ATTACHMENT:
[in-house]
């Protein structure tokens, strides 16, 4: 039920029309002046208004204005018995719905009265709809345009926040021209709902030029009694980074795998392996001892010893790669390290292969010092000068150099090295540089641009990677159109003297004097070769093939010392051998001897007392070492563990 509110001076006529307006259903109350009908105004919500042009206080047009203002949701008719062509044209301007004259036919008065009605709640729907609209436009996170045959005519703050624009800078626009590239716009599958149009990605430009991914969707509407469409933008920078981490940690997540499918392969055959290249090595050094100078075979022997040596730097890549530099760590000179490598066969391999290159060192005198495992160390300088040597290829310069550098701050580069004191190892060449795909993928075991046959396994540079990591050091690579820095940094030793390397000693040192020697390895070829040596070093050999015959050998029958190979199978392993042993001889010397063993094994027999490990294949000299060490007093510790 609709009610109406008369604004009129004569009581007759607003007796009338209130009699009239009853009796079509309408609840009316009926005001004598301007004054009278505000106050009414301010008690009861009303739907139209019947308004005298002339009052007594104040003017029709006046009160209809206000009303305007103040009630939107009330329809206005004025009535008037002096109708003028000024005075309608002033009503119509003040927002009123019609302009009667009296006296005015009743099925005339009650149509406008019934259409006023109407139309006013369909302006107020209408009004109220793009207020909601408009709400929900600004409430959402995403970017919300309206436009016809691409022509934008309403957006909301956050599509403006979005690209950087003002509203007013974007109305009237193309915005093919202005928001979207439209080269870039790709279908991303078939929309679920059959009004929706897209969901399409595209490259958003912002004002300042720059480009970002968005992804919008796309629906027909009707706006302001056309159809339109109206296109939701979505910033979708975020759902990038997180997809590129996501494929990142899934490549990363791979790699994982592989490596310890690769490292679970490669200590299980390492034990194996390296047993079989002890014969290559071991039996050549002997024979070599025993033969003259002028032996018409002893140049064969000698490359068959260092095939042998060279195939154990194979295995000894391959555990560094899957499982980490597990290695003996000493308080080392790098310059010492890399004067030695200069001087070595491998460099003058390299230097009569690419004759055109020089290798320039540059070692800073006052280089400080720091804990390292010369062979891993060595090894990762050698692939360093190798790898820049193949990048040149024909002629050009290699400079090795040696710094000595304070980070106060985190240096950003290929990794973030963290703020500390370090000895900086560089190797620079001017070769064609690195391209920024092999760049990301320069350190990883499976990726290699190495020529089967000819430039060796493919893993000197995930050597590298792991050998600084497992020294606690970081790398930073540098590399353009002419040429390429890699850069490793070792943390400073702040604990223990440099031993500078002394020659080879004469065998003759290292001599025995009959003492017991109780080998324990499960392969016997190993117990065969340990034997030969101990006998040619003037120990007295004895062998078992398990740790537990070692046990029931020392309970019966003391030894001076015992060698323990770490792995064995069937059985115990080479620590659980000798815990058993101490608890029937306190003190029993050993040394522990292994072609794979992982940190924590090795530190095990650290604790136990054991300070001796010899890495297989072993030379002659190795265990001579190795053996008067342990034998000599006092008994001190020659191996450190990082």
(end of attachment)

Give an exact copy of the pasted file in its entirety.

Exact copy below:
[in-house]
């Protein structure tokens, strides 16, 4: 039920029309002046208004204005018995719905009265709809345009926040021209709902030029009694980074795998392996001892010893790669390290292969010092000068150099090295540089641009990677159109003297004097070769093939010392051998001897007392070492563990 509110001076006529307006259903109350009908105004919500042009206080047009203002949701008719062509044209301007004259036919008065009605709640729907609209436009996170045959005519703050624009800078626009590239716009599958149009990605430009991914969707509407469409933008920078981490940690997540499918392969055959290249090595050094100078075979022997040596730097890549530099760590000179490598066969391999290159060192005198495992160390300088040597290829310069550098701050580069004191190892060449795909993928075991046959396994540079990591050091690579820095940094030793390397000693040192020697390895070829040596070093050999015959050998029958190979199978392993042993001889010397063993094994027999490990294949000299060490007093510790 609709009610109406008369604004009129004569009581007759607003007796009338209130009699009239009853009796079509309408609840009316009926005001004598301007004054009278505000106050009414301010008690009861009303739907139209019947308004005298002339009052007594104040003017029709006046009160209809206000009303305007103040009630939107009330329809206005004025009535008037002096109708003028000024005075309608002033009503119509003040927002009123019609302009009667009296006296005015009743099925005339009650149509406008019934259409006023109407139309006013369909302006107020209408009004109220793009207020909601408009709400929900600004409430959402995403970017919300309206436009016809691409022509934008309403957006909301956050599509403006979005690209950087003002509203007013974007109305009237193309915005093919202005928001979207439209080269870039790709279908991303078939929309679920059959009004929706897209969901399409595209490259958003912002004002300042720059480009970002968005992804919008796309629906027909009707706006302001056309159809339109109206296109939701979505910033979708975020759902990038997180997809590129996501494929990142899934490549990363791979790699994982592989490596310890690769490292679970490669200590299980390492034990194996390296047993079989002890014969290559071991039996050549002997024979070599025993033969003259002028032996018409002893140049064969000698490359068959260092095939042998060279195939154990194979295995000894391959555990560094899957499982980490597990290695003996000493308080080392790098310059010492890399004067030695200069001087070595491998460099003058390299230097009569690419004759055109020089290798320039540059070692800073006052280089400080720091804990390292010369062979891993060595090894990762050698692939360093190798790898820049193949990048040149024909002629050009290699400079090795040696710094000595304070980070106060985190240096950003290929990794973030963290703020500390370090000895900086560089190797620079001017070769064609690195391209920024092999760049990301320069350190990883499976990726290699190495020529089967000819430039060796493919893993000197995930050597590298792991050998600084497992020294606690970081790398930073540098590399353009002419040429390429890699850069490793070792943390400073702040604990223990440099031993500078002394020659080879004469065998003759290292001599025995009959003492017991109780080998324990499960392969016997190993117990065969340990034997030969101990006998040619003037120990007295004895062998078992398990740790537990070692046990029931020392309970019966003391030894001076015992060698323990770490792995064995069937059985115990080479620590659980000798815990058993101490608890029937306190003190029993050993040394522990292994072609794979992982940190924590090795530190095990650290604790136990054991300070001796010899890495297989072993030379002659190795265990001579190795053996008067342990034998000599006092008994001190020659191996450190990082």